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  #11 (permalink)  
Old 03-24-2013, 01:08 PM
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Default Re: I'm in.

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Originally Posted by fredaevans View Post
HW, I'm in. PM me your full name/address and I'll post off the cheque tomorrow.

Lost a good friend to similar circumstances a few years back. Packed Church and everyone extoling Mark's accomplishments, all true to the word. Me, I got up and talked about his relationship with his Jack Russel Terrier "Roy." Amazing animal, and the two were never apart. At home, at work, on the river and the interplay with my Yellow Lab Sandy when we're were fishing. Described the first time the two met and it was an instant 'This Is Good!' Launch Mark's Jet Sled and in the two would go, boat touched the beach and the two were off like a shot to 'terrorize' the place.

Sad time, but describing these two's antics had folks actually laughing. A good thing I still think.

Fred
--------------------------------

Fred,
If you haven't already read the piece about a man and his dog, "The Road To Tinkhamptown" by Corey Ford, you might find it worth a look.
Paul
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Old 03-24-2013, 01:34 PM
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Default Re: I'm in.

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Originally Posted by imxer View Post
--------------------------------

Fred,
If you haven't already read the piece about a man and his dog, "The Road To Tinkhamptown" by Corey Ford, you might find it worth a look.
Paul
Off to Amazon.com.\

Thanks for the heads up.
fae
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Old 03-24-2013, 02:53 PM
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Default Re: When The Tables Turn...

Corey Ford was a truly gifted wordsmith, one who wrote a wealth of books during his time on this Earth. He ranks among my all-time favorite authors-- along with the late Gene Hill, Dana Lamb and a host of others --especially for the aforementioned "The Road..." It's been known to cause many a bird-dog lover to shed a tear or two...

Corey Ford also did a fair amount of fly-fishing writing-- both he and Gordon MacQuarrie were upland gunners who fly-fished as well --and a great deal of satire. The previous century was probably the benchmark of the birth of a great many outstanding authors, and I find my book shelves lined with their works. And, there among them all, stand a set of books given to me right after the restoration of my eyesight by a pairing that I miss dearly-- the "Sam & Larry" duo. Needless to say, those books will be treasured for the rest of my days... Jerry, aka hairwing530
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Last edited by hairwing530; 03-25-2013 at 12:57 PM.
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Old 03-24-2013, 04:13 PM
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Default Re: When The Tables Turn...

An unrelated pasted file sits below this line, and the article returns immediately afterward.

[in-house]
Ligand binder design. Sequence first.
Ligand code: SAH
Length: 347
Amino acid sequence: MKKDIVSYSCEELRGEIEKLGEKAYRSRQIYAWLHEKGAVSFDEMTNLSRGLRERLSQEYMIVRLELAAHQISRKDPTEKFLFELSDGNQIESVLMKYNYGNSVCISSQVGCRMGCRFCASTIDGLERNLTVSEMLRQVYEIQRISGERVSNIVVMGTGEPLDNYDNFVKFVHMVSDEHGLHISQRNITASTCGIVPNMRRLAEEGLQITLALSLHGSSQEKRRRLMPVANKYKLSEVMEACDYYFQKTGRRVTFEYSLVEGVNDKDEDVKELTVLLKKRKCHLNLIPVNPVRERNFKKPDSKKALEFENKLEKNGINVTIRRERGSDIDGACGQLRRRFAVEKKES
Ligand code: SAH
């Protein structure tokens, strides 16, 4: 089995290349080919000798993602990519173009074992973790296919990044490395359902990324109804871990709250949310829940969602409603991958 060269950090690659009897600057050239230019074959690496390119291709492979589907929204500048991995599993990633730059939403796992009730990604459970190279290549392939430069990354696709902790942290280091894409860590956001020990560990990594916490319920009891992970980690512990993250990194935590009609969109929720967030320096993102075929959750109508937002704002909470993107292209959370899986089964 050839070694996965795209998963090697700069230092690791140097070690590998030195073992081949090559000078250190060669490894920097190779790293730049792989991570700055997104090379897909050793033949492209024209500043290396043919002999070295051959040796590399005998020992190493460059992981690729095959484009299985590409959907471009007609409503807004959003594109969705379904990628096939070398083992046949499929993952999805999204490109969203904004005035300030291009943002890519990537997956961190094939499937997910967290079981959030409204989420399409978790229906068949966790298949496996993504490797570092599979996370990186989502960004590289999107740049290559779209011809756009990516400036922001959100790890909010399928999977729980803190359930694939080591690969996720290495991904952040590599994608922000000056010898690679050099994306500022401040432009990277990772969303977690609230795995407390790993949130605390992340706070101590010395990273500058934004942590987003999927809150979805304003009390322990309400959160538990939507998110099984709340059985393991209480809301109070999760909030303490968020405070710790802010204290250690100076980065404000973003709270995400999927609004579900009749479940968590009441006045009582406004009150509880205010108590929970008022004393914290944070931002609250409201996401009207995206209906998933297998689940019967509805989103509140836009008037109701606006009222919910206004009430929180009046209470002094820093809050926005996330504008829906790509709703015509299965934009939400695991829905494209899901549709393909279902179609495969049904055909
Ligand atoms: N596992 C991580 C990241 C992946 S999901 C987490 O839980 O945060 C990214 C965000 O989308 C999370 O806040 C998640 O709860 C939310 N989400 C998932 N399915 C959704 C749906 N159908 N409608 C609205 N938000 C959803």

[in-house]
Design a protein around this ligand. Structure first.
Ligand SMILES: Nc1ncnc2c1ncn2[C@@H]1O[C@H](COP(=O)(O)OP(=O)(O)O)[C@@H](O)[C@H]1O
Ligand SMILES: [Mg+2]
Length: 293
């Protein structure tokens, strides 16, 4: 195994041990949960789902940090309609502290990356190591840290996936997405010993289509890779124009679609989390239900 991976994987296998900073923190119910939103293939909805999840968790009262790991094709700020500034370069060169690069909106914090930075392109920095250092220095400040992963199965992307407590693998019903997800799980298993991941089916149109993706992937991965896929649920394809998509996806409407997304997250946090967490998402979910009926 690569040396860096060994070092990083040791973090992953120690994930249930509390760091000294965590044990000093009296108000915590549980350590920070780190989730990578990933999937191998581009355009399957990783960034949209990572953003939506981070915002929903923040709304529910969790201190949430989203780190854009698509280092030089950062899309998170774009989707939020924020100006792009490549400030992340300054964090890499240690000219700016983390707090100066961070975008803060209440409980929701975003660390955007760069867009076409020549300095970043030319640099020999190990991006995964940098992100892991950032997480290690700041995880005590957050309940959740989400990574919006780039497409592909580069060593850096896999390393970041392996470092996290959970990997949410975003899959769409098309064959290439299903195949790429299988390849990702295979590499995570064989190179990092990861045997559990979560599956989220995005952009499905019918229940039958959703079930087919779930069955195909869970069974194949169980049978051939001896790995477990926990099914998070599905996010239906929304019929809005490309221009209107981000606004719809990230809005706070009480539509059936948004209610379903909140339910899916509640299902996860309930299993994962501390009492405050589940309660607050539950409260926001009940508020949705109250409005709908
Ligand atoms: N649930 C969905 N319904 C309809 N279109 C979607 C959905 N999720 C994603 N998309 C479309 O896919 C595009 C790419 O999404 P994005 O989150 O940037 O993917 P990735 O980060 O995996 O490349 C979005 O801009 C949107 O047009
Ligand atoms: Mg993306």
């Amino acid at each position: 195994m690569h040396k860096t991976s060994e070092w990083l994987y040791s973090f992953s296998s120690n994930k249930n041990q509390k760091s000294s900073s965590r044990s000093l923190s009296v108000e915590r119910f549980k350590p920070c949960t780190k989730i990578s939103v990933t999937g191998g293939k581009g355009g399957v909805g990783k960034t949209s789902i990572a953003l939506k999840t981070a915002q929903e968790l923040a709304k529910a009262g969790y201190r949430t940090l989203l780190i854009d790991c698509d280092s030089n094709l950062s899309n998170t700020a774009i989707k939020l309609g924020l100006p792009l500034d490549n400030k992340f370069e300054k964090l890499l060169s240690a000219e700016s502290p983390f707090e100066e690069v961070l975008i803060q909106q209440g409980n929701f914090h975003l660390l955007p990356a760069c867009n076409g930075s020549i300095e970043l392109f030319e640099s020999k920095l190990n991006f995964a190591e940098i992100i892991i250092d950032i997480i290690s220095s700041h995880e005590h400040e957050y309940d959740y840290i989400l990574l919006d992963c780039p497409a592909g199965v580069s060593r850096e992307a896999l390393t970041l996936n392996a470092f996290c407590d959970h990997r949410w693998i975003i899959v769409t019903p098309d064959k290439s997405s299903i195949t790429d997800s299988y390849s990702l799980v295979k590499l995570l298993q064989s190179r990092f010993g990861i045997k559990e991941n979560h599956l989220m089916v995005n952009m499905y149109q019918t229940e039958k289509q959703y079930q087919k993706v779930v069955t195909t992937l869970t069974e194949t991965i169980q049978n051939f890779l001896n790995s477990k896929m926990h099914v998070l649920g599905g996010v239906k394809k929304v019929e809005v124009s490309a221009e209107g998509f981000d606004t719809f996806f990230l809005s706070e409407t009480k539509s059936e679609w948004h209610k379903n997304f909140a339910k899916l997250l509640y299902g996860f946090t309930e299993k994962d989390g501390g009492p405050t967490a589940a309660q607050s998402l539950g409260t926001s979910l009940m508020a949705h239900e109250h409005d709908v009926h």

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Originally Posted by hairwing530 View Post
Corey Ford was a truly gifted wordsmith, one who wrote a wealth of books during his time on this Earth. He ranks among my all-time favorite authors-- along with the late Gene Hill, Dana Lamb and a host of others --especially for the aforementioned "The Road..." It's been known to cause many a bird-dog lover to shed a tear or two...

Corey Ford also did a fair amount of fly-fishing writing-- both he and Gordon MacQuarrie were gunners who fly-fished as well --and a great deal of satire. The previous century was probably the benchmark of the birth of a great many outstanding authors, and I find my book shelves lined with their works. And, there among them all, stand a set of books given to me right after the restoration of my eyesight by a pairing that I miss dearly-- the "Sam & Larry" duo. Needless to say, those books will be treasured for the rest of my days... Jerry, aka hairwing530
----------------------------

Jerry

Used to look forward to "The Lower Forty" every month in Field & Stream.

"The Best of Corey Ford" consists of many of them with "The Road -----"
at the end. Have always considered the years between WW1 & 2 the most interesting for writers and guns.
Can not tell you how much knowing your eyesight was restored pleases me.

Paul
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Last edited by imxer; 03-24-2013 at 05:52 PM.
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Old 03-25-2013, 05:56 AM
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Default Re: When The Tables Turn...

imxer,

When my eyesight was lost to my second brain tumor and the lights went out on my world, it was a bitter pill to swallow, especially after hearing the news that the prospects of sight restoration were very bleak, at best. And, I took it hard, refusing help from those who cared and letting my stubborn pride get in the way. I hid my mid-directed anger and frustration behind the aforementioned pride, and it was nothing short of an ill-advised move on my part.